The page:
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1 swift 1.1 <?xml version='1.0' encoding="UTF-8"?>
2 swift 1.11 <!-- $Header: /var/cvsroot/gentoo/xml/htdocs/doc/en/nvidia-guide.xml,v 1.10 2004/12/02 17:26:32 swift Exp $ -->
3 swift 1.1 <!DOCTYPE guide SYSTEM "/dtd/guide.dtd">
4    
5     <guide link="/doc/en/nvidia-guide.xml">
6     <title>Gentoo Linux nVidia Guide</title>
7    
8     <author title="Author">
9     <mail link="swift@gentoo.org">Sven Vermeulen</mail>
10     </author>
11    
12     <abstract>
13     Many Gentooists have an nVidia chipset on their system. nVidia provides specific
14     Linux drivers to boost the performance of your card. This guide informs you how
15     to install and configure these drivers.
16     </abstract>
17    
18     <license/>
19    
20 swift 1.11 <version>1.8</version>
21     <date>2005-02-25</date>
22 swift 1.1
23     <chapter>
24     <title>Configuring your Card</title>
25     <section>
26     <title>Installing the Appropriate Drivers</title>
27     <body>
28    
29     <p>
30     The nVidia drivers include kernel modules that must integrate in your current
31     kernel. To accomplish this, your kernel must support the loading of kernel
32     modules. If you used <c>genkernel</c> to configure the kernel for you then
33     you're all set. If not, double check your kernel configuration so that this
34     support is enabled:
35     </p>
36    
37     <pre caption="Enabling the Loading of Kernel Modules">
38     Loadable module support ---&gt;
39     [*] Enable loadable module support
40     </pre>
41    
42     <p>
43 swift 1.5 You also need to enable <e>Memory Type Range Register</e> in your kernel:
44     </p>
45    
46     <pre caption="Enabling MTRR">
47     Processor and Features ---&gt;
48     [*] MTRR (Memory Type Range Register) support
49     </pre>
50    
51     <p>
52 swift 1.1 nVidia's modules and libraries are combined in two packages: <c>nvidia-glx</c>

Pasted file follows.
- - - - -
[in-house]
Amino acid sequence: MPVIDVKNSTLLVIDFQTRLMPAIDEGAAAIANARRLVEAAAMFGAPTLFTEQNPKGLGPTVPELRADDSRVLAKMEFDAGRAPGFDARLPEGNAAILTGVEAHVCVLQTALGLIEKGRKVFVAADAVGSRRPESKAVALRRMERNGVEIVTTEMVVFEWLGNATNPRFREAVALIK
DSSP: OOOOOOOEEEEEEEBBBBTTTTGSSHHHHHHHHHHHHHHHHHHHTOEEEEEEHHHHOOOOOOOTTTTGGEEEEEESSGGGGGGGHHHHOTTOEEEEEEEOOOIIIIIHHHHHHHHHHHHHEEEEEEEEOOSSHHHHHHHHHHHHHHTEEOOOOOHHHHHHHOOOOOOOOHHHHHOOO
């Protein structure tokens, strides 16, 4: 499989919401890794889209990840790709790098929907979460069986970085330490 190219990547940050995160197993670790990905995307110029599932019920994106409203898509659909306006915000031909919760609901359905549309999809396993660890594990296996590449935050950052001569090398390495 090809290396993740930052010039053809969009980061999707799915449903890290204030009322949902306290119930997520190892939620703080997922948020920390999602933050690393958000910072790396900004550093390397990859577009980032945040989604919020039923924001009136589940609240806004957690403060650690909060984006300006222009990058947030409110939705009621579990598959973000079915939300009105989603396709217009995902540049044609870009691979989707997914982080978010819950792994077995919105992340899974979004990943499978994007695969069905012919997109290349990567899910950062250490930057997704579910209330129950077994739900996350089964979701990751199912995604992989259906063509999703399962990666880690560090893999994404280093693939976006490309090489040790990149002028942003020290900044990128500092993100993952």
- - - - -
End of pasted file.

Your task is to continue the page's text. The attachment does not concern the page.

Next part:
53     and <c>nvidia-kernel</c>. The former are the X11 GLX libraries while the latter
54 swift 1.3 are the kernel modules. Since <c>nvidia-glx</c> depends on <c>nvidia-kernel</c>,
55     installing <c>nvidia-glx</c> is sufficient:
56 swift 1.1 </p>
57    
58     <pre caption="Installing the nVidia modules">
59 swift 1.3 # <i>emerge nvidia-glx</i>
60 swift 1.1 </pre>
61    
62     <p>
63     Once the installation has finished, run <c>modprobe nvidia</c> to load the
64     kernel module into memory.
65     </p>
66    
67     <pre caption="Loading the kernel module">
68     # <i>modprobe nvidia</i>
69     </pre>
70    
71     <p>
72     You probably want to have this done each time you boot your system, so edit
73     <path>/etc/modules.autoload.d/kernel-2.6</path> (or <path>kernel-2.4</path>) and
74     add <c>nvidia</c> to it. Don't forget to run <c>modules-update</c> afterwards!
75     </p>
76    
77     <pre caption="Running modules-update">
78     # <i>modules-update</i>
79     </pre>
80    
81     </body>
82     </section>
83     <section>
84     <title>Configuring the X Server</title>
85     <body>
86    
87     <p>
88     Once the appropriate drivers are installed you need to configure your X Server
89     (XFree86 or Xorg) to use the <c>nvidia</c> driver instead of the default
90     <c>nv</c> driver.
91     </p>
92    
93     <p>
94     Open <path>/etc/X11/XF86Config</path> (or <path>/etc/X11/xorg.conf</path>) with
95     your favorite editor (such as <c>nano</c> or <c>vim</c>) and go to the
96     <c>Device</c> section. In that section, change the <c>Driver</c> line:
97     </p>
98    
99     <pre caption="Changing nv to nvidia in the X Server configuration">
100     Section "Device"
101     Identifier "nVidia Inc. GeForce2"
102     <i>Driver "nvidia"</i>
103     VideoRam 65536
104     EndSection
105     </pre>
106    
107     <p>
108 swift 1.4 Then go to the <c>Module</c> section and make sure the <c>glx</c> module gets
109     loaded while the <c>dri</c> module doesn't:
110     </p>
111    
112     <pre caption="Updating the Module section">
113     Section "Module"
114     <comment>(...)</comment>
115     <i># Load "dri"